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Drinking More Like Men? Study Finds Female Alcohol Habits Are Changing

Image: Drinking More Like Men? Study Finds Female Alcohol Habits Are Changing
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By    |   Tuesday, 24 Nov 2015 03:16 PM

American women are drinking more like men, whereas male drinking habits are beginning to resemble female’s, according to a new research study released on Monday.

A survey distributed amongst men and women in the U.S. from the National Institutes of Health found that the percentage of women who had consumed an alcoholic beverage in the past 30 days had risen from 45 percent to 48 percent, according to CNBC. That same survey found that the percentage of men who had consumed alcohol over that same period had fallen slightly from 57.4 to 56 percent. These statistics held especially true amongst college-aged men and women.

"Males still consume more alcohol, but the differences between men and women are diminishing," said Aaron White of the National Institute on Alcohol Abuse and Alcoholism (NIAAA), according to CNBC.

Researchers from the NIAAA studied data compiled from 2002 to 2012 as they analyzed the reasons behind why women’s drinking habits increased as men’s habits slightly decreased, according to Trinity Daily News. The data showed that women had reported drinking alcohol more often during a month-long period — 6.8 days per month to 7.3 days per month. Men, on the other hand, reported a marginally decreased number, slipping from 9.9 to 9.5 days per month.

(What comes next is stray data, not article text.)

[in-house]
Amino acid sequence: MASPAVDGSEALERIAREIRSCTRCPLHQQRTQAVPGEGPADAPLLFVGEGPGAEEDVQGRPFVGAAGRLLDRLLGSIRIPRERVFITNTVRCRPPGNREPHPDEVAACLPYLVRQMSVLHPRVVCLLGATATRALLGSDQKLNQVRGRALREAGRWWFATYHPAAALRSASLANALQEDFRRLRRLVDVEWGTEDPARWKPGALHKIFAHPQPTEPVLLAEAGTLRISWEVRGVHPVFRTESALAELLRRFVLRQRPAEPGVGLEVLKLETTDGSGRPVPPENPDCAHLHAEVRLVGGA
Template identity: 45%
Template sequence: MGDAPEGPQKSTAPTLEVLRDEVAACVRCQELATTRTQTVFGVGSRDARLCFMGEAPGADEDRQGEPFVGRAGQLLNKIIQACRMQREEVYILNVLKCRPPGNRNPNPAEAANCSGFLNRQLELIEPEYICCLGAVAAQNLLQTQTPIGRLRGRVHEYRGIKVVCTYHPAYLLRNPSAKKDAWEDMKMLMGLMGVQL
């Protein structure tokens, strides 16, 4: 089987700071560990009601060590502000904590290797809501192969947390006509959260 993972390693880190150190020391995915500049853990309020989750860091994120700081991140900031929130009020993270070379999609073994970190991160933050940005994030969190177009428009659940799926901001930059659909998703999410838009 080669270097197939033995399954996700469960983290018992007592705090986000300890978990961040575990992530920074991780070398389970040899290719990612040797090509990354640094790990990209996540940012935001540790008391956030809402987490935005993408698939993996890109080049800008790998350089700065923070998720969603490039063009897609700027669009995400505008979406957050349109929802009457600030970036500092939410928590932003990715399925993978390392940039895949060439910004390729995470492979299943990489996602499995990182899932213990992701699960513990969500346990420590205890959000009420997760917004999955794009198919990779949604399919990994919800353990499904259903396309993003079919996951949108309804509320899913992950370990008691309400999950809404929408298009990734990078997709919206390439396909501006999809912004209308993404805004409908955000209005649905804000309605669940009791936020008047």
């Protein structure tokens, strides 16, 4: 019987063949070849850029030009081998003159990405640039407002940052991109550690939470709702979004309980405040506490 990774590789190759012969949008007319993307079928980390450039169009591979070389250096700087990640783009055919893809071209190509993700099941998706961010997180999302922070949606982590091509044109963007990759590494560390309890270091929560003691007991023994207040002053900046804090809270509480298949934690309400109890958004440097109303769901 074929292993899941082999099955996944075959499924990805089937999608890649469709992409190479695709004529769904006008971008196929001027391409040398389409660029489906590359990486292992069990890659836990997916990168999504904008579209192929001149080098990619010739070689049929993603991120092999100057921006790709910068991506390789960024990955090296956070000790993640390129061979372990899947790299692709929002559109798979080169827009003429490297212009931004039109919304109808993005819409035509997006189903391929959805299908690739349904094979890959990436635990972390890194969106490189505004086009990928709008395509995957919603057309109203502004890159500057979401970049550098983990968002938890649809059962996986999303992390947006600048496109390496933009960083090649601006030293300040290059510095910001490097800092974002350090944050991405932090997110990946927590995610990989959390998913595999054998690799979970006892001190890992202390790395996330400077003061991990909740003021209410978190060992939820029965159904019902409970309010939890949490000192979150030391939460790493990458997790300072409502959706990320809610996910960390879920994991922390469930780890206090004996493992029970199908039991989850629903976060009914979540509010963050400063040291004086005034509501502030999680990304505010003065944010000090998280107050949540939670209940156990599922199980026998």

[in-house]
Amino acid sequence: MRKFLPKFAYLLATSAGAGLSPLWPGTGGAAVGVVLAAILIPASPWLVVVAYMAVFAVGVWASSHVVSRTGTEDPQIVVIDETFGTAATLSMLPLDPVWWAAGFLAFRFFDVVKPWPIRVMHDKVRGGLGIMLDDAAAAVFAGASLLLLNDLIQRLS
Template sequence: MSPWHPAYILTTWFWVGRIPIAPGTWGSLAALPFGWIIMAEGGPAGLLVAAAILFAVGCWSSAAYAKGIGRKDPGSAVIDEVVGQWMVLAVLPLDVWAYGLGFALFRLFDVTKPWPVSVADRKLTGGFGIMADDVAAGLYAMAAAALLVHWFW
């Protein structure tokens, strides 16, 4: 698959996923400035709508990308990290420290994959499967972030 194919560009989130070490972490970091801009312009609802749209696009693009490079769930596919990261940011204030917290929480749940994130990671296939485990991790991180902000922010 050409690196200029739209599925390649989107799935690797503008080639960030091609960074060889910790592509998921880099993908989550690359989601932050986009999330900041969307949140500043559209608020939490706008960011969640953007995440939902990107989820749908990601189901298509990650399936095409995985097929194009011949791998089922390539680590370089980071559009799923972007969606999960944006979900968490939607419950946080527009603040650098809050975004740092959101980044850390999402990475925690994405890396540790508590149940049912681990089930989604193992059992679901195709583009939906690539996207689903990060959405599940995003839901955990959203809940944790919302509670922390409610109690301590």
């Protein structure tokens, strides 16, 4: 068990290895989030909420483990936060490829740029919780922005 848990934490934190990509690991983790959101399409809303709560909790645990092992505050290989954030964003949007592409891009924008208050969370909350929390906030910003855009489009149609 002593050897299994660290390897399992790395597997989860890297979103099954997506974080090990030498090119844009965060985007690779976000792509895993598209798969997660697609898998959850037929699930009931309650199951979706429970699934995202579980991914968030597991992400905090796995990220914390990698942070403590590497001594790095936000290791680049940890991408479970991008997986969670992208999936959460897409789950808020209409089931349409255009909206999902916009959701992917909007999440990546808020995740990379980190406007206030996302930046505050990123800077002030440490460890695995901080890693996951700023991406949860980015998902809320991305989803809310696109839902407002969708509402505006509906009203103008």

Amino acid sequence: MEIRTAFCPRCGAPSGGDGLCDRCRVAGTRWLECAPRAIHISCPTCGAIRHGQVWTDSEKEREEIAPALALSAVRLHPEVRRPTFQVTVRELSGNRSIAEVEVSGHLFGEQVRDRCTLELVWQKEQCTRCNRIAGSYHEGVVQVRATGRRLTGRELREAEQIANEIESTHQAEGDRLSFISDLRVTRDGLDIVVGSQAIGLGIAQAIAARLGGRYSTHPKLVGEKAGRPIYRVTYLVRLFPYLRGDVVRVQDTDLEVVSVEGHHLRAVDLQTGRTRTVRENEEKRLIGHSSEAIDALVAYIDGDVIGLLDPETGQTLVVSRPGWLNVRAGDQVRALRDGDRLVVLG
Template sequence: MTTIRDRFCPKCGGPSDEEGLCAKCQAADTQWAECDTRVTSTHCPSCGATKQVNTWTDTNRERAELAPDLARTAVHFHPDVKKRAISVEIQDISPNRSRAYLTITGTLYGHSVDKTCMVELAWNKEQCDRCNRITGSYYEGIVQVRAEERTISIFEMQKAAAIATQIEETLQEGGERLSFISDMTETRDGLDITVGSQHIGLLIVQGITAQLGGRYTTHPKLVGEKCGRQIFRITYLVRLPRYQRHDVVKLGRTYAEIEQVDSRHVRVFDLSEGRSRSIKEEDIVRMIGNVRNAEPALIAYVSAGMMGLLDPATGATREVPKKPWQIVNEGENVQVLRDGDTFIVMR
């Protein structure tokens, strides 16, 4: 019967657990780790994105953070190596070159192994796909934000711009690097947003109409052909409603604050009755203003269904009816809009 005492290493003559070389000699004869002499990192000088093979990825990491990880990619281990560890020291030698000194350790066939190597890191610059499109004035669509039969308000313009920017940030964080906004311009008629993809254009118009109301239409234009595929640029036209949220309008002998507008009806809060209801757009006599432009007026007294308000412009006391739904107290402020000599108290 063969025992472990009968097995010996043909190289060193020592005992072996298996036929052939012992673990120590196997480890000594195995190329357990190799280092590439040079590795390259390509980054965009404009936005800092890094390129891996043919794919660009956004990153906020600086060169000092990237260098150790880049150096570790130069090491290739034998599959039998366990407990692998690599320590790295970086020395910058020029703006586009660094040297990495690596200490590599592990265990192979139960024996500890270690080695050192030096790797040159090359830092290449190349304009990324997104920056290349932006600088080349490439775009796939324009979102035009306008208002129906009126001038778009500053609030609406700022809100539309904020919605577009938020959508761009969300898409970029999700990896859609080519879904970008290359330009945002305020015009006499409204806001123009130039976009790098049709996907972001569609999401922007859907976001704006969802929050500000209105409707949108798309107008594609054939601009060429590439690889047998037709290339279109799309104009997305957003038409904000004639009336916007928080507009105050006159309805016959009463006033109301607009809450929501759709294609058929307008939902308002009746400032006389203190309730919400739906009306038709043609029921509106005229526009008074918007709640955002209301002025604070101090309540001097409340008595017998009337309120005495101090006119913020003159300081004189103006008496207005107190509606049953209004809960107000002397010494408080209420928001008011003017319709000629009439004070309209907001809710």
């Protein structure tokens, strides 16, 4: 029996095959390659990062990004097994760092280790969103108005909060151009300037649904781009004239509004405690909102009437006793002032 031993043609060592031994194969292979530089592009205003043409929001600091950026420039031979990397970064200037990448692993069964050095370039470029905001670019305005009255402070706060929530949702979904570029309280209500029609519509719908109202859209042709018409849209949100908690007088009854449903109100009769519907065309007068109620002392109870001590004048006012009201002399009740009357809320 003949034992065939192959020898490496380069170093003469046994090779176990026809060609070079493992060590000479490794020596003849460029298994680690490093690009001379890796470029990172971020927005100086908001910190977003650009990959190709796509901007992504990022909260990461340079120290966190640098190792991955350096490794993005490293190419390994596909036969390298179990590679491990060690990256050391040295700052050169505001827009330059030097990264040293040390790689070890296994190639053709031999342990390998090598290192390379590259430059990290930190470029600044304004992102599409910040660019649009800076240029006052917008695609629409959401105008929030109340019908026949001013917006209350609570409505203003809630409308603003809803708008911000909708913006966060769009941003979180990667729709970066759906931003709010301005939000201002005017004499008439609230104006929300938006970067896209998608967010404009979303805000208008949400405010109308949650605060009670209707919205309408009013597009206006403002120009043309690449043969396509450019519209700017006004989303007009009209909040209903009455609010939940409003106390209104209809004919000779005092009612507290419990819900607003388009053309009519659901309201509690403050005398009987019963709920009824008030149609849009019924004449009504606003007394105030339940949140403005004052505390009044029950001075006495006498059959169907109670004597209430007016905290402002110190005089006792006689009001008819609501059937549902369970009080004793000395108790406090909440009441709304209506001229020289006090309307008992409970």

The study also showed that more women are engaging in binge drinking, especially college students who admitted to consuming more than five drinks per day on a single occasion, Trinity Daily News noted.

Despite these shifting numbers and trends, American men still drink more heavily than American women, with men consuming 18 liters of pure alcohol per year compared to women’s 7.8 liters, according to CNBC. And while 37 percent of women claim that they abstain from alcohol, 25 percent of men refrain from drinking.

"Excessive drinking caused 87,797 deaths annually from 2006 to 2010, of which two-thirds of decedents were males (62,104 males vs. 25,693 females)," the NIAAA team added in the “Alcoholism: Clinical and Experimental Research” journal, according to CNBC.

One other difference between the sexes was also noted regarding mixing alcohol with drug consumption.

“The prevalence of combining alcohol with marijuana during the last drinking occasion among 18 to 25 year old male drinkers increased from 15 percent to 19 percent . . . while the prevalence of combining alcohol with marijuana during the last drinking occasion among 18 to 25 year old female drinkers remained steady at about 10 percent,” White said, according to Fusion.

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American women are drinking more like men, whereas male drinking habits are beginning to resemble female’s, according to a new research study released on Monday.
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2015-16-24
Tuesday, 24 Nov 2015 03:16 PM
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